Closing the distance: Reporting the news and our views during the pandemic year


Rebecca Guerrero

Co-Editor-in-Chief Rebecca Guerrero, works on the newspaper to ensure everything is ready to publish.

On March 18, 2020, the stay-at-home orders were sent and we were all put into lockdown. Over the last year, we’ve all had to adjust to online learning, but for classes that require personal interaction, many challenges arose. The Spellbinder journalism staff had to work hard and be more united than ever to overcome the distance and put out issue after issue since the school’s closure.

“I think the pandemic caught us by surprise and created a new appreciation for normalcy. And it has given us time to examine our lives and pushed us to take more risks because it reminds us of how temporary things can be. As writers, we can write about anything we want and this pandemic has given us time to do so, ” Co-Editor-in-Chief Maria Alegria said.

When asked about the shift online, Alegria mentioned that despite the difficulty, it has ultimately offered a new outlook of opportunities for the staff due to the ability to research and dedicate more time to their stories. Additionally, Alegria mentioned that despite seeing a “significant shift in work since transferring to completely online in the beginning and now it has slowly diminished,” the writers have grown stronger despite it. Over the year, Alegria saw how the staff overcame the barrier that was made when this all began, and she shows her amazement in the staff for being able to do so determinedly.

Adviser Mrs. Storms reflected on what happened in April of 2020.

“We were all in shock, it took weeks for the staff to come back together, and I was really worried and stressed out for them, and I thought we were just finished for the year. I think the stress and anxiety made it feel like we were moving in slow motion. I struggled as a teacher because this is an elective, and there are some electives that don’t require a lot of work. Instead, for some reason, students were energized to do the work as I’ve never seen before. This year, the staff has been so motivated and dedicated while I would have expected otherwise. It’s probably been the easiest year I’ve ever had in terms of producing good writing and reporting,” said Storms. 

Storms talks about the shock and initial terror the staff felt when this all began last year, but despite all that was happening at that time, they came together to put out two more issues before the end of the school year. Storms mentioned that despite all that was happening in the world, the staff showed up more motivated than ever to produce the Spellbinder. She said that thanks to all the hard work the staff has put in, this has allowed for an easy process of producing good reporting and is proud of the staff for being able to do this. Despite all the amazing work put in by the staff, Storms sees one of the biggest challenges brought by the pandemic as the inability to interact with one another.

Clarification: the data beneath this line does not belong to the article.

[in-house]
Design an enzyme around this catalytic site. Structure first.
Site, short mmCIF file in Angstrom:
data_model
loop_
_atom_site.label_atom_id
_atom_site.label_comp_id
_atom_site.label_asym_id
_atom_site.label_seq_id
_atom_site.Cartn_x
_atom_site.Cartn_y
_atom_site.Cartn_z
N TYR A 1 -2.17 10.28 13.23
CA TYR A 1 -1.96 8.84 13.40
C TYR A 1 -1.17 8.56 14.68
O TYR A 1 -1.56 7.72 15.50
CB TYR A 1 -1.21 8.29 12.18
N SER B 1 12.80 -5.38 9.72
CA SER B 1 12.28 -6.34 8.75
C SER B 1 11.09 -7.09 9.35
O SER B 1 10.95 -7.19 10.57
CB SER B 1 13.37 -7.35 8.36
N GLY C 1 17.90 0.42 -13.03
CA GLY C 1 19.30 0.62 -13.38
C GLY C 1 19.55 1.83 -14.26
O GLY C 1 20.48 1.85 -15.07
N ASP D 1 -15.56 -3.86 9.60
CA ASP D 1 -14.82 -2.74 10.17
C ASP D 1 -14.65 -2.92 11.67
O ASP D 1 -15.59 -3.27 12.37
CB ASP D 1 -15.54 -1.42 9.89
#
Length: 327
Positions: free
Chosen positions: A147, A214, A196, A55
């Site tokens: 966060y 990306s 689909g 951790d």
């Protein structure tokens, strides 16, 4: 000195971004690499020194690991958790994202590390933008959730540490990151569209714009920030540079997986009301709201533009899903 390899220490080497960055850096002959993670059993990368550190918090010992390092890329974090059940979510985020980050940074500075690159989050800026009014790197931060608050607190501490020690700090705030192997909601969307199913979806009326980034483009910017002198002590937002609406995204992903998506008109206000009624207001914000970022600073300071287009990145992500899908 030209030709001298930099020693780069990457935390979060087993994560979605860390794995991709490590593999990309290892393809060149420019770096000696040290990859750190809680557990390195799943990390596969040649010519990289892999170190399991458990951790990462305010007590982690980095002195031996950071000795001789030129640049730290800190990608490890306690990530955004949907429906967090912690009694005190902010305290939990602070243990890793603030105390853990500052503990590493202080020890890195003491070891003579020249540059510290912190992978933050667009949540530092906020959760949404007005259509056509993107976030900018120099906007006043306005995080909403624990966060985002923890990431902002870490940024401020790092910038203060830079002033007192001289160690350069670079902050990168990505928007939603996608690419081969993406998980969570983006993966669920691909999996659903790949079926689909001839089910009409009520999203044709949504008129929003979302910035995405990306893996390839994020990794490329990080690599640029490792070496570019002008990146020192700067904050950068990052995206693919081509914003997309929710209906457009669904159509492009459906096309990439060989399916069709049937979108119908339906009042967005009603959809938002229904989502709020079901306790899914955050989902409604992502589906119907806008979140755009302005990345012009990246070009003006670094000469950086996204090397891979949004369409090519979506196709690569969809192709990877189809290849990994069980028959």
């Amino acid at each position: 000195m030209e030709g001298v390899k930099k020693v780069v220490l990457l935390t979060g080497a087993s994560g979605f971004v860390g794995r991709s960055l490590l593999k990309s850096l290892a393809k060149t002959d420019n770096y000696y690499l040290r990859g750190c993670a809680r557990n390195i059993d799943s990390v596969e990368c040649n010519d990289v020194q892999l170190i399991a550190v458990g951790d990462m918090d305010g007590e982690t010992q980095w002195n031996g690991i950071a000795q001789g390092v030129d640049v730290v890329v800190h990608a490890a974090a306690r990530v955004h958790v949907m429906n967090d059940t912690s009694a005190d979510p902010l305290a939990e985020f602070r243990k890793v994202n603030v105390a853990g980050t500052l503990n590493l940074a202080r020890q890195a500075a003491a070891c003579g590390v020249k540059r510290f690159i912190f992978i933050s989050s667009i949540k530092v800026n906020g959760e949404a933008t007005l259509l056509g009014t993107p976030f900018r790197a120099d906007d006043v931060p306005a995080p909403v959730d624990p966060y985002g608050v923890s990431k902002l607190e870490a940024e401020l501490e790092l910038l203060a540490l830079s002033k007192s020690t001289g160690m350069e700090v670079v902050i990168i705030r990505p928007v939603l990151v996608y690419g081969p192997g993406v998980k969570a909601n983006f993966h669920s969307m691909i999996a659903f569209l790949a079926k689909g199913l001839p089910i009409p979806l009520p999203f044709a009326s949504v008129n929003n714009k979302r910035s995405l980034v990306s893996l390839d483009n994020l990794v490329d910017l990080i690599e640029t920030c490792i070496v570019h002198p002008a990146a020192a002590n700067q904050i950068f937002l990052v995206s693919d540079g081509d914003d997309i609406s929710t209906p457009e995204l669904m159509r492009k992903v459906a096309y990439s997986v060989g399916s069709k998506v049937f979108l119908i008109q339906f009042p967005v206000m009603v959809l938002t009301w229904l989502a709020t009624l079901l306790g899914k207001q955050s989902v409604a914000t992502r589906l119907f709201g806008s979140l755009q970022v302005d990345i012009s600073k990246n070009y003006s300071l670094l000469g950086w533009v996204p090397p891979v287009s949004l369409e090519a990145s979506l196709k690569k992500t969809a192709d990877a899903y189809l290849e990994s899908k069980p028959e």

“We were not able to do staff bonding and camaraderie, however, it’s still amazing that we do collaborate because we review writers’ work and give feedback. We have a healthy level of trust and willingness to take the feedback and do the work. The thing that’s impressive to me is the risk-taking that people have done. They had more trust and were willing to accept help,” said Storms.

One of the hardest things since the shift as mentioned by both Alegria and Storms is the fact that distance learning hasn’t allowed the staff to be as close as years prior. In the years prior the staff would always have help around them and as Alegria said, would allow “a bond with our writers and editors” to develop and trust to be fostered. A big part of journalism is collaboration and communication, so in losing the ease of these things, students have had to offer complete trust in each other to get the work done. Also, Storms has mentioned that this trust in one another has allowed the students to take more risks with their stories and talk about the more difficult issues and topics important to them and the community. 

“I just can’t emphasize how pleased I’ve been this year and how proud I am of this group of students. They truly know what it means to express their voices and to want to inform our community and despite all the pressures they are under in this pandemic, it’s the most highly motivated group of journalism students I’ve ever had,” said Storms.

Despite all the changes the Spellbinder staff has had to endure since the beginning of the pandemic, they’ve still managed to put out six issues and dozens of stories from writers, new and old. Both Storms and Alegria have shown their pride and thankfulness for all the work the staff has been putting in despite the circumstances. Alegria made the point that even if things happened causing their story to be delayed, that it was fine because “we are human– things happen.” Journalism is a big part of our world and Alegria has said that she is so happy and proud of the work the staff has put in, especially the new members, for they put the time and effort in to write amazing stories and produce The Spellbinder. 

Despite being thrown into a time of isolation and chaos, The Spellbinder staff has risen above the barriers and worked diligently and dedicatedly for the community to ensure that their voices are heard and the news is shared.